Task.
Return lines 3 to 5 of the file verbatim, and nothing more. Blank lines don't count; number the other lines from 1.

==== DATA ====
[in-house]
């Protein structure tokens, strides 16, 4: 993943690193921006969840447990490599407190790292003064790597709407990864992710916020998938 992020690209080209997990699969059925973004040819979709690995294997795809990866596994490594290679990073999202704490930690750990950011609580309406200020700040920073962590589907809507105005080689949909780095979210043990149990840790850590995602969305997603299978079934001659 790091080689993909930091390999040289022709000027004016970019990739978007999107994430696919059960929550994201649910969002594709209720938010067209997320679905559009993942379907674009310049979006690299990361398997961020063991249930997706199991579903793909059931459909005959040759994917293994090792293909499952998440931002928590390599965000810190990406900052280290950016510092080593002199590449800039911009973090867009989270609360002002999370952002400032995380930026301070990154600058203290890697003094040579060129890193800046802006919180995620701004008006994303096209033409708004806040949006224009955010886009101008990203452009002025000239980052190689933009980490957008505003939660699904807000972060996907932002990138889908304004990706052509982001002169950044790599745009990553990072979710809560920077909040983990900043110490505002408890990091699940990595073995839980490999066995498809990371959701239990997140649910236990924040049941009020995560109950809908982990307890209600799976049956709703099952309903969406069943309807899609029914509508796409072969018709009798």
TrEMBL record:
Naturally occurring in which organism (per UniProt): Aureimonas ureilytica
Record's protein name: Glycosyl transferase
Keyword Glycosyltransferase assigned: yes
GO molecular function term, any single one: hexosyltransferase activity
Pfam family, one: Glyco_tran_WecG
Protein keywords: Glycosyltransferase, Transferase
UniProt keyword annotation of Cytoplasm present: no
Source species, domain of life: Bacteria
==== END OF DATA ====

TrEMBL record:
Naturally occurring in which organism (per UniProt): Aureimonas ureilytica
Record's protein name: Glycosyl transferase